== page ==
“He who loves not wine, women and song remains a fool his whole life long.” -Martin Luther, German priest (1483–1546)

I guess one of the problems with being a wine writer and lifelong aficionado of the vine is that I often have a tendency to compare every new bottle to the best I’ve ever had, instead of just enjoying what’s in front of me for what it is.

Thankfully, I opened a bottle of Aussie Merlot the other day to partner with one of my favourite Zombie bashing films, Resident Evil and it’s helped reset my appreciation barometer.

Yes folks, Resident Evil, a dish of warmed up hot pot and a bottle of Yalumba Y Series Merlot turned out to be just what the doctor ordered.

Merlot is one of the classic grapes of Bordeaux where it particularly shines in Pomerol and St Emilion but it was the Aussies who really made it dance in the 80’s when their super ripened versions burst onto our palates with all that soft plummy fruit.

I’ve been hooked ever since and to be honest, it’s my go to grape when I just need a hug from a bottle on a cold evening; mind you these days it’s facing intense competition from the good old fashioned Gin and tonic.

It isn’t just the difference in sunshine levels that makes Aussie Merlot stand out from the style made famous in Bordeaux however, it also comes down to wine making styles.

The Bordeaux growers harvest the grape earlier in order to retain some of the fresh acidity which results in the wine displaying more raspberry flavours and having a lower alcohol level than those of the land down under.

There’s a real skill to getting it right when you leave the grapes to ripen longer though and too many Australian winemakers have been guilty of overdoing the flavours in their drive to create a classic.

I’ve had one or two Hunter Valley merlots that should read ‘dilute to taste’ on the label and the result is just too overpowering; Yes folks, you definitely can have too much of a good thing.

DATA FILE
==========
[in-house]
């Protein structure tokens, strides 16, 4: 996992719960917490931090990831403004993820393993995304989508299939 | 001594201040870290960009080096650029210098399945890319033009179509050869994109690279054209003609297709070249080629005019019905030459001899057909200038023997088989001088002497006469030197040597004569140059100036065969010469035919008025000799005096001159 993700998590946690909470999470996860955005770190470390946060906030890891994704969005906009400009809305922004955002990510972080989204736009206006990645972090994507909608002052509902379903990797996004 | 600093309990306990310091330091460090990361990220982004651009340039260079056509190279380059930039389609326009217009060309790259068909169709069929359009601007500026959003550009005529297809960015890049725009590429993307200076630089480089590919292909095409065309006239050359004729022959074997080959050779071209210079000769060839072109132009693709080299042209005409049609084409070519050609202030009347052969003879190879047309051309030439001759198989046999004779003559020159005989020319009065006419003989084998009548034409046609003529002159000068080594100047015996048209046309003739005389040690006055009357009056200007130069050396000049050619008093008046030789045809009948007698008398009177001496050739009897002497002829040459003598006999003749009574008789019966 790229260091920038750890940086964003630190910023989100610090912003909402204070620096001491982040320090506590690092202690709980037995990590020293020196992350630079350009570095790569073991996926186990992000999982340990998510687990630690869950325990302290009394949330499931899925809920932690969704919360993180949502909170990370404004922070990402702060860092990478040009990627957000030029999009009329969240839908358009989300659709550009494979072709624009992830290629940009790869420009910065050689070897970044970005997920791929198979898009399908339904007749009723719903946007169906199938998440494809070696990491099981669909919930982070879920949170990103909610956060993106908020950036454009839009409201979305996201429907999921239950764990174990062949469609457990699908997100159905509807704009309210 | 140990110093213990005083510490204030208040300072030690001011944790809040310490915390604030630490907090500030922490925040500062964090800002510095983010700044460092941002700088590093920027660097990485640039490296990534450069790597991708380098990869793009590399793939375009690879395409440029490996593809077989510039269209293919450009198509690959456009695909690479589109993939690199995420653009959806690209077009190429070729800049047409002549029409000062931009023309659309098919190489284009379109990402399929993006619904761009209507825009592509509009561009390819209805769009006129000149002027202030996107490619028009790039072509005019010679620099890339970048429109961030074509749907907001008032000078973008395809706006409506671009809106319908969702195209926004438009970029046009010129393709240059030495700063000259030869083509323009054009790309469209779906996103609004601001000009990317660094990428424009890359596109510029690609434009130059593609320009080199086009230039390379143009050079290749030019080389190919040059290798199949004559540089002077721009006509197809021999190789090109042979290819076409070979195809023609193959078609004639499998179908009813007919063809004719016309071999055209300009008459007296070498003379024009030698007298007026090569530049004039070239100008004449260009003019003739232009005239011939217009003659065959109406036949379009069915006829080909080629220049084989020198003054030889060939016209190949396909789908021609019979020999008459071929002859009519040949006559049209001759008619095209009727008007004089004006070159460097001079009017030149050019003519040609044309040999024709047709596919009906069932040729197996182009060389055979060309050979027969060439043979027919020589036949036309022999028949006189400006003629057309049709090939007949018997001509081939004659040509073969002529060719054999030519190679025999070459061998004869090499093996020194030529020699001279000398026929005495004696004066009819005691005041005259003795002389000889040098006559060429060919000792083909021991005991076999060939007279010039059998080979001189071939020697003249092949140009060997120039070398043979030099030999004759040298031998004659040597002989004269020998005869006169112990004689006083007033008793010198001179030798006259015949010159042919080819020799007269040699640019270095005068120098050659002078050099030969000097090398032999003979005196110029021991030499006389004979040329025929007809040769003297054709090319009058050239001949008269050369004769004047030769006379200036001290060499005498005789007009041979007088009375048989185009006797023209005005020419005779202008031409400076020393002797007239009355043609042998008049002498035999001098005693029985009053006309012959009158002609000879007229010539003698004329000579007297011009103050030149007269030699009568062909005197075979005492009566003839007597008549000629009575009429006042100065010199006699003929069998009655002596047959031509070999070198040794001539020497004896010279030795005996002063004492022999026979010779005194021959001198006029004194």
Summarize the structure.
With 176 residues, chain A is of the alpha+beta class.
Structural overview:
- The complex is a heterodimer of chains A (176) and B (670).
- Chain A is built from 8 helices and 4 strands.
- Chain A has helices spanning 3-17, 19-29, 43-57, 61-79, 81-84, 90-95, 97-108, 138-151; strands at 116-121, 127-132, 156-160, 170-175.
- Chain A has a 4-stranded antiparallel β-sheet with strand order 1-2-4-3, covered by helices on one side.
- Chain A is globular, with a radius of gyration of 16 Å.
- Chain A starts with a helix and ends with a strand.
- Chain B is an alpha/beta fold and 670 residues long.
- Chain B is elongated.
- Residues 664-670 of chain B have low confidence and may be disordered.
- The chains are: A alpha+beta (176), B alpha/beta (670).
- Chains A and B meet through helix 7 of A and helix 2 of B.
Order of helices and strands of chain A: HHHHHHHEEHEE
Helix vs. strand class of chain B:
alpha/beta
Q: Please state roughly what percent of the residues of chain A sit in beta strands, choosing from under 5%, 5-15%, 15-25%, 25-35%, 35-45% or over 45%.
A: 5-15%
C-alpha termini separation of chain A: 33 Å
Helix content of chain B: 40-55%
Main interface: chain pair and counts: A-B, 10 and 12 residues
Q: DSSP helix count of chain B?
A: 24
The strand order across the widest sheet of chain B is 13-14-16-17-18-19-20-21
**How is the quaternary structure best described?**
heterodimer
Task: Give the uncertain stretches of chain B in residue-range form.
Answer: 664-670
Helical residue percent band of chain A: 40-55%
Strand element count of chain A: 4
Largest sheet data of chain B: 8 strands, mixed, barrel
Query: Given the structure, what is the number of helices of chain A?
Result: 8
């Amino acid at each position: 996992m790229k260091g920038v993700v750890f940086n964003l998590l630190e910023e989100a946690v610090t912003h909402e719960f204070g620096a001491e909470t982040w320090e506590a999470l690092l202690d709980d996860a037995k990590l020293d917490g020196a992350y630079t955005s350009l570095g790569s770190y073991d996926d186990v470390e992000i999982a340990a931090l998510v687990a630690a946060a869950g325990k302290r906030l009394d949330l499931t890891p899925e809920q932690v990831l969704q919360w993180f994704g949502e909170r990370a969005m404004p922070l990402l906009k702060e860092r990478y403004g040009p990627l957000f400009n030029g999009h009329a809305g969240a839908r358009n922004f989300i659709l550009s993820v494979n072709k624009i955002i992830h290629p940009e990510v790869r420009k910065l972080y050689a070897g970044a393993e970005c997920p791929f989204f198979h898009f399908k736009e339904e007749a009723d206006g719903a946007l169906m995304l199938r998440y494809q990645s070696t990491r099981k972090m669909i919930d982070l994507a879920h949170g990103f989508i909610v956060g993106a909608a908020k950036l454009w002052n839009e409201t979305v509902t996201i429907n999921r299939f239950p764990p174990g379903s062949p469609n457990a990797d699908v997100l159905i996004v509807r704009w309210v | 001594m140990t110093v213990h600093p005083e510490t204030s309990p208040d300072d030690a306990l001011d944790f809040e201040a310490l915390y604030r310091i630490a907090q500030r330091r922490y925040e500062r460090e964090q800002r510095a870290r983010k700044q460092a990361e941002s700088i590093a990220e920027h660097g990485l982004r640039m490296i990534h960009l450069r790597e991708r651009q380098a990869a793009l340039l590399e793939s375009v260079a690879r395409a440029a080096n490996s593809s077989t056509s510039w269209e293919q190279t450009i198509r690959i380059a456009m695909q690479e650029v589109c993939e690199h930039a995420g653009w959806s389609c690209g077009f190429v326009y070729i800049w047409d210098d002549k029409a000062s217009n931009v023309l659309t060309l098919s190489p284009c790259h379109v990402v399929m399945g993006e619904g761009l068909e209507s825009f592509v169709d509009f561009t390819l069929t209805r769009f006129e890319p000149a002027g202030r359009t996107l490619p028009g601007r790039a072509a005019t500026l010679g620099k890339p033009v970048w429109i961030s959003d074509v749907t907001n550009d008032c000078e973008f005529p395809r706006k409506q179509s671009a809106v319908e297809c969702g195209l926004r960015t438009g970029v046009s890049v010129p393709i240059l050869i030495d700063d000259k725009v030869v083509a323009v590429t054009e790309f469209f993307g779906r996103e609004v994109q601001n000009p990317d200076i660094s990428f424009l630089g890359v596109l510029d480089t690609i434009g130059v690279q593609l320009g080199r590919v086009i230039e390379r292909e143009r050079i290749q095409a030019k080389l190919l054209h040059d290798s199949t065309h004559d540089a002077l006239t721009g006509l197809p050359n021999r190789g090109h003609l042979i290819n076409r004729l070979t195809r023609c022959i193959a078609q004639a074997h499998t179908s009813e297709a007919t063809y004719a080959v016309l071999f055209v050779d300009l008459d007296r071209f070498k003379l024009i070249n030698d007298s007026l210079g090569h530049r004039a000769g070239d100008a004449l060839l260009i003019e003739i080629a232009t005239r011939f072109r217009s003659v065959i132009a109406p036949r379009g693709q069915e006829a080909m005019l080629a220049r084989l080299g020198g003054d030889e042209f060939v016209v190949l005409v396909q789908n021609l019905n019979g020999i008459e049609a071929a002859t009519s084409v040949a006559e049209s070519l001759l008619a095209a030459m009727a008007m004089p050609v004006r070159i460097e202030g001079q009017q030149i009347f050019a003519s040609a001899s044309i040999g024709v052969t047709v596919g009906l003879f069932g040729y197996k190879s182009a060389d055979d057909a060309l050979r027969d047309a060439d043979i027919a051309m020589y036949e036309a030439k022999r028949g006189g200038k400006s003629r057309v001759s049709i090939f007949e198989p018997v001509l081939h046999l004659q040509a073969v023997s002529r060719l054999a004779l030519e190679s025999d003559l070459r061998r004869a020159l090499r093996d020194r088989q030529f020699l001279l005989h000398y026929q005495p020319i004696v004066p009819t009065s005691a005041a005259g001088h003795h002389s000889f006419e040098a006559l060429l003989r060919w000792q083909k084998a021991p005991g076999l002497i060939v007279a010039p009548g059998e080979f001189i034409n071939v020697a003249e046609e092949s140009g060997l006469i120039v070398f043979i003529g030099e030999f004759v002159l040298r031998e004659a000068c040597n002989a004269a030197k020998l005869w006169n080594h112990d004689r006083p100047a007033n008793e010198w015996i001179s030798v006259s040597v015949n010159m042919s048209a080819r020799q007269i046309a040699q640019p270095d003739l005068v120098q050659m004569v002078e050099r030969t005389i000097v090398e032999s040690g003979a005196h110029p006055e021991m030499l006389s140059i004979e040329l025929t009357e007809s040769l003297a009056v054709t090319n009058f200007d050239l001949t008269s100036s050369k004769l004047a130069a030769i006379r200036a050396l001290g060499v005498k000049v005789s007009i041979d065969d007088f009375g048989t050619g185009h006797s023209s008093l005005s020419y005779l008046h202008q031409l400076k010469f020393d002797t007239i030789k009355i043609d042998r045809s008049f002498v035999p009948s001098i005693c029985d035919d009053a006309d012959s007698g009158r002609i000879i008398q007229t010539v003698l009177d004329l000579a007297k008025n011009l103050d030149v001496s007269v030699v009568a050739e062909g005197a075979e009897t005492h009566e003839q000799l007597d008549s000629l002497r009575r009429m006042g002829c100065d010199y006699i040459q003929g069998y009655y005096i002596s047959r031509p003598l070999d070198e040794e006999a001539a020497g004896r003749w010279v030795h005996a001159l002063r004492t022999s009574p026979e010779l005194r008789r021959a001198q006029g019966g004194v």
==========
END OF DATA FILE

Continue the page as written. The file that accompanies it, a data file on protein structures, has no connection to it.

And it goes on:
If, like myself, you love the classic Bordeaux style with the vegetal touches and mild tannins but would like just a wee bit more fruit without going daft, then the country to watch at present is South Africa.

Their style tends to be a halfway house between the two making them easy to approach but retaining enough complexity to make them really interesting partners to rich dishes.

California have also put their own stamp on the grape by maximising the fruits and velvety tannins while strangely retaining some of that fresh acidity making them some of the best barbeque and party wines you can find.

For me personally however, Merlot is always at its best when blended with Cabernet Sauvignon, preferably as the slightly junior partner in New world styles and the senior partner in the old world versions.

I love both grapes but, blended together they are like Torvill and Dean, more than the sum of their individual parts and I hope the love we have for each other grows and grows in the years to come.

Anyway, I’ve had two of the 8 grandkids this afternoon and we’ve watched Baby Shark on youtube about a hundred times so I definitely need a Merlot now.

Pip pip until next week.

SUD Merlot, Australia

I know, it sounds like a washing powder advert but thankfully its a celebration of smooth brambly fruits. - Lea&Sandeman £13.50

Juniper Crossing Merlot, Australia

A classic from Margaret River with ripe blackcurrant and raspberry flavours mingling nicely with toasted vanilla. Delicious.- Davy’s Wine Merchants £14.95

Gerard Richardson MBE, Drinks columnist for Newsquest